marvel  notfic  essay  comics  venom  fandom  sexuality  art  favourites 
october 2018 by elise.grey
The Incel Song of J. Alfred Prufrock - McSweeney’s Internet Tendency
Let us go then, you and I,
When the evening is spread out against the sky
Like an equal redistribution of sexual resources.
Let us go, through certain half-considered tweets
and form tedious arguments
about entitlement.
notfic  poetry  satire  funny  favourites 
may 2018 by elise.grey
Excerpts from My Upcoming Novel, Ready Player Two: Girl Stuff - McSweeney’s Internet Tendency
“Wow, Felicity,” he said. My Internet name was Felicity, after the coolest American girl doll. “I never met someone who knew so much about Harry/Draco before.”
notfic  article  satire  funny  favourites  fandom 
april 2018 by elise.grey
For Ursula - The New York Times
I want to tell you something true
Because that’s what she did.
-Naomi Novik
notfic  poetry  ursulaleguin 
january 2018 by elise.grey
Saying You’re Sorry Isn’t Enough Anymore | Scaachi Koul
Years ago, I would have settled for an apology from any man who did something wrong. I would’ve given into a meek plea for forgiveness, tucked tail and all. Now, receiving an apology has the adverse effect that it’s supposed to: It just feels like being asked to process someone else’s regret, and embarrassment, and pain, on top of my own anger and frustration. It sounds like dealing with more work.

In most cases, what I want is rarely words, or even anything I can see or hear. I want to be left alone at a bar, at a work party, on a plane, at a restaurant. I want you to tell the other men in your life that they can’t behave like this. I want you to fire them and stop being their friends and uninvite them from parties, regardless of whether I’m there or not. I want to notice the absence of action — how rarely I have to ask you not to say something crude to me or touch me. I want you to do the quiet, unseen work women do every day to keep ourselves safe, and I want you to do it so automatically that I don’t notice it at all. I want, for five minutes a day, for you to be as uncomfortable as I am almost constantly. I want you to stop yourself before you start. I want you to have retroactively been better.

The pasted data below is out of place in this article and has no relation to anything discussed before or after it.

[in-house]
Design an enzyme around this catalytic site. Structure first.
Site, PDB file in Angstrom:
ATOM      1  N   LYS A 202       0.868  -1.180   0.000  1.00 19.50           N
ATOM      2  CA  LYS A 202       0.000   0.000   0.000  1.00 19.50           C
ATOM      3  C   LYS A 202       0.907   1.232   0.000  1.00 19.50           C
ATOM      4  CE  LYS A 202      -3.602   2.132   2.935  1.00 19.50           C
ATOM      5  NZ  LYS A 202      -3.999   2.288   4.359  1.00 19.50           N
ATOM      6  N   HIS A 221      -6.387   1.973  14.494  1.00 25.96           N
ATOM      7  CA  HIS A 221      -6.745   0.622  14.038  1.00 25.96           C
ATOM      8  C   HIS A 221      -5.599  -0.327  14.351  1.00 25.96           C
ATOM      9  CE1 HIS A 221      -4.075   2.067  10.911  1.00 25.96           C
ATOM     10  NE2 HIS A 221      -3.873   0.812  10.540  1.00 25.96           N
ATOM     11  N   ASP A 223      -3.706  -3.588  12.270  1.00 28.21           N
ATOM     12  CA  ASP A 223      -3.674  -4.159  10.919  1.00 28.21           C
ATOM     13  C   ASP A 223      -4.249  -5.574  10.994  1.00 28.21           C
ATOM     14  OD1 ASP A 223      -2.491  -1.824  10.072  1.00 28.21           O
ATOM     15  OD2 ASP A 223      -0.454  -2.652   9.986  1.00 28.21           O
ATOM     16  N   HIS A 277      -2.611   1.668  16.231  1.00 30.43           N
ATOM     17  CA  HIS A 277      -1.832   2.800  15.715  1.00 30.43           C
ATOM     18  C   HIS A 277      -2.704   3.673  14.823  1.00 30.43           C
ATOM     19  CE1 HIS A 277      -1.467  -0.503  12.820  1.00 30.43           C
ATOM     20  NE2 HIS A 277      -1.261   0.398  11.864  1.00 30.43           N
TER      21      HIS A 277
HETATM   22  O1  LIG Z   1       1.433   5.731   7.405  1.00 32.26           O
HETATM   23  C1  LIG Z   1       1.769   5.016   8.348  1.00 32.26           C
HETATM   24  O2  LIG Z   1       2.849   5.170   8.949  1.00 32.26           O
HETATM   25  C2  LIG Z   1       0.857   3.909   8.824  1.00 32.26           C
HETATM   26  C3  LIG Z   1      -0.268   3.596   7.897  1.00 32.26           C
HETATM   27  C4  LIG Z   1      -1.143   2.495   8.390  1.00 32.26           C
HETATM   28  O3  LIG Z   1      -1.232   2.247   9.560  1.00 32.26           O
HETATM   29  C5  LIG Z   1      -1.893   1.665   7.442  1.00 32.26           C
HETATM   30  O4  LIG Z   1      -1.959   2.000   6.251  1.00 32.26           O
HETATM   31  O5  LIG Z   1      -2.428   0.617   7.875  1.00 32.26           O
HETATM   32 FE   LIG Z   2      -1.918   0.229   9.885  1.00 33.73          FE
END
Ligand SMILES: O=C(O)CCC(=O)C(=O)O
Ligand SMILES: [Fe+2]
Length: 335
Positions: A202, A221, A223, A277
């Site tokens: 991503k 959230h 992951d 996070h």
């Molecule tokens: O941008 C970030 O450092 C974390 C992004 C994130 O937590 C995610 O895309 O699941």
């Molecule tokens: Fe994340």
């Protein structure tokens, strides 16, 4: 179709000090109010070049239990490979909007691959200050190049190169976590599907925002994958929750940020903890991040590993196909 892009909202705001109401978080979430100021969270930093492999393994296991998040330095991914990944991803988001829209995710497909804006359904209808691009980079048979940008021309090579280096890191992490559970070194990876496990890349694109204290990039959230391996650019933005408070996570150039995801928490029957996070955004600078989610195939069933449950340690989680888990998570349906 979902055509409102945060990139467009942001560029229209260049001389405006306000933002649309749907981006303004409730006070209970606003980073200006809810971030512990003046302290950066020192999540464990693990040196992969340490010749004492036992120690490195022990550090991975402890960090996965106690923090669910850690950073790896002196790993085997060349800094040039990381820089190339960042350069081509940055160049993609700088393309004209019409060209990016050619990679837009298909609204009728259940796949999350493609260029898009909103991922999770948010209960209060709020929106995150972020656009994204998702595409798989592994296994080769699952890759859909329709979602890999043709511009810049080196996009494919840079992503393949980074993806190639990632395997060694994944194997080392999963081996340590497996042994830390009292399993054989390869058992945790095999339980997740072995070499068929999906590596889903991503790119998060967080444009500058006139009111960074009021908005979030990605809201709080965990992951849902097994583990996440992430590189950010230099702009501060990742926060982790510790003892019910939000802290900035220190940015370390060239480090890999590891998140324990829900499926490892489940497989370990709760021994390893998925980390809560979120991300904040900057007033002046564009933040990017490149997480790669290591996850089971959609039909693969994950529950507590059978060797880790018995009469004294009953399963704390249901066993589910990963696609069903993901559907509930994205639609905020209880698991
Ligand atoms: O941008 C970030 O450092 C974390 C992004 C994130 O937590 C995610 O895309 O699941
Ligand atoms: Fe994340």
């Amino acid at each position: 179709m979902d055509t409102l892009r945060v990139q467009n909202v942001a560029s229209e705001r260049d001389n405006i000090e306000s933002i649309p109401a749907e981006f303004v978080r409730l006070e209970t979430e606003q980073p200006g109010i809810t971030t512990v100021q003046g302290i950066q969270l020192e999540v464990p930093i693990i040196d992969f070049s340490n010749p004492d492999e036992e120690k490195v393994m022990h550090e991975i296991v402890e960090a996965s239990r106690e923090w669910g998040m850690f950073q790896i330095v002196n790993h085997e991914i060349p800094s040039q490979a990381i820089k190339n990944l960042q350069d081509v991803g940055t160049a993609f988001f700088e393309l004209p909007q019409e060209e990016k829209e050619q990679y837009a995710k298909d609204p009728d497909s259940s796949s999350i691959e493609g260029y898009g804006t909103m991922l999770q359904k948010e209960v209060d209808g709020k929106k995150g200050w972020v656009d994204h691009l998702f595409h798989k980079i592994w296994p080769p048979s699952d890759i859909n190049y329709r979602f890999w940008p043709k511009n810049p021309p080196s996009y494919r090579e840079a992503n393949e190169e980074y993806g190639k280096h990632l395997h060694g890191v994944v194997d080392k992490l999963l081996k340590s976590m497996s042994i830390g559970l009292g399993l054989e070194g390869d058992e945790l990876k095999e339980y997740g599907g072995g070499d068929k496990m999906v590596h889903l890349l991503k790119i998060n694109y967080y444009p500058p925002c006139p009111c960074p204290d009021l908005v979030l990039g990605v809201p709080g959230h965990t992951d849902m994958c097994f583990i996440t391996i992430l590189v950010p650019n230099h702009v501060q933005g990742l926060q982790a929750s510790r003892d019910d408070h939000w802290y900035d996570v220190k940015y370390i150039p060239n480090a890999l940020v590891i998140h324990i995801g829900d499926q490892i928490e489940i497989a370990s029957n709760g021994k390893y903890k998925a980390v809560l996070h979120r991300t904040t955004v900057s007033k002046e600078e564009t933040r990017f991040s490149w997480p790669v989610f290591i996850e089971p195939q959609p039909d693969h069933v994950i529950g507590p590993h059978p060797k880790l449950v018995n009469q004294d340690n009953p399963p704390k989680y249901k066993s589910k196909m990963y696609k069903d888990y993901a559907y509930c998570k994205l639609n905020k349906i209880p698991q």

notfic  article  feminism  gender 
december 2017 by elise.grey
The princess myth: Hilary Mantel on Diana | Books | The Guardian
The Wolf Hall novelist on the 20th anniversary of the death of the Princess of Wales, an icon ‘only loosely based on the young woman born Diana Spencer’

Empathetic, compassionate, incisive, and scathing.
notfic  essay  monarchy  uk 
august 2017 by elise.grey
Sorry, Prince Harry. There’s no such thing as a modern royal family | Zoe Williams | Opinion | The Guardian
The prince’s desire to be himself is fair enough, but the monarchy is built on foundations of duty. Remove those and it crumbles.
notfic  essay  article  uk  monarchy  politics 
june 2017 by elise.grey
Freedom, Culpability and Failure in Dragon Age II, or: My Boyfriend The Terrorist | Girl from the Machine
Here’s the long and the short of it: Dragon Age II presented me with the greatest sense of personal failure I have ever experienced in a video game, and the real tragedy was that it was completely and utterly the cumulative product of my conscious decisions.